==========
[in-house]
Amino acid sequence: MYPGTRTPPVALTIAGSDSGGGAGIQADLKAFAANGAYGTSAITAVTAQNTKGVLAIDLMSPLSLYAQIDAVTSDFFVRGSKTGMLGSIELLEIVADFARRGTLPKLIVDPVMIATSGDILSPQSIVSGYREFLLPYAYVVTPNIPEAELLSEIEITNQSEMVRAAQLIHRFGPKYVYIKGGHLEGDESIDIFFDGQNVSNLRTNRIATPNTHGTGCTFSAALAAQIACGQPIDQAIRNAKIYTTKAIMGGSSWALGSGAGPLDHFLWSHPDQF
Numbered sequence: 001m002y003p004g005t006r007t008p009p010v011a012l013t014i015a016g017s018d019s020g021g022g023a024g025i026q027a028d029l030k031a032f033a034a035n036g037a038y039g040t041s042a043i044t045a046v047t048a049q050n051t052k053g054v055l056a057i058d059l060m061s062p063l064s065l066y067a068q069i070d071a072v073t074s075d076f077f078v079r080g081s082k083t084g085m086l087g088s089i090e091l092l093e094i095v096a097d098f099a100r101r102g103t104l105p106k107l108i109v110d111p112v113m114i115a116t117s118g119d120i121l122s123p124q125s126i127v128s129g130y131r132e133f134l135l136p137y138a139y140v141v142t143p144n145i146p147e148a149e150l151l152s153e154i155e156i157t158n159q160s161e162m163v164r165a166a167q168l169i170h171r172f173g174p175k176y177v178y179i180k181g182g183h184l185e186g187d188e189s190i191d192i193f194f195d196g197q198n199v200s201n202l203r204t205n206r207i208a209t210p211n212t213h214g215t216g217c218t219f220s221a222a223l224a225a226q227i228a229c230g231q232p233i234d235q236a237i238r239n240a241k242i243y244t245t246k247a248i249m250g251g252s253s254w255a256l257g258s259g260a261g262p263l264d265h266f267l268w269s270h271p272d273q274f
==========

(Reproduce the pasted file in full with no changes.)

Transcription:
[in-house]
Amino acid sequence: MYPGTRTPPVALTIAGSDSGGGAGIQADLKAFAANGAYGTSAITAVTAQNTKGVLAIDLMSPLSLYAQIDAVTSDFFVRGSKTGMLGSIELLEIVADFARRGTLPKLIVDPVMIATSGDILSPQSIVSGYREFLLPYAYVVTPNIPEAELLSEIEITNQSEMVRAAQLIHRFGPKYVYIKGGHLEGDESIDIFFDGQNVSNLRTNRIATPNTHGTGCTFSAALAAQIACGQPIDQAIRNAKIYTTKAIMGGSSWALGSGAGPLDHFLWSHPDQF
Numbered sequence: 001m002y003p004g005t006r007t008p009p010v011a012l013t014i015a016g017s018d019s020g021g022g023a024g025i026q027a028d029l030k031a032f033a034a035n036g037a038y039g040t041s042a043i044t045a046v047t048a049q050n051t052k053g054v055l056a057i058d059l060m061s062p063l064s065l066y067a068q069i070d071a072v073t074s075d076f077f078v079r080g081s082k083t084g085m086l087g088s089i090e091l092l093e094i095v096a097d098f099a100r101r102g103t104l105p106k107l108i109v110d111p112v113m114i115a116t117s118g119d120i121l122s123p124q125s126i127v128s129g130y131r132e133f134l135l136p137y138a139y140v141v142t143p144n145i146p147e148a149e150l151l152s153e154i155e156i157t158n159q160s161e162m163v164r165a166a167q168l169i170h171r172f173g174p175k176y177v178y179i180k181g182g183h184l185e186g187d188e189s190i191d192i193f194f195d196g197q198n199v200s201n202l203r204t205n206r207i208a209t210p211n212t213h214g215t216g217c218t219f220s221a222a223l224a225a226q227i228a229c230g231q232p233i234d235q236a237i238r239n240a241k242i243y244t245t246k247a248i249m250g251g252s253s254w255a256l257g258s259g260a261g262p263l264d265h266f267l268w269s270h271p272d273q274f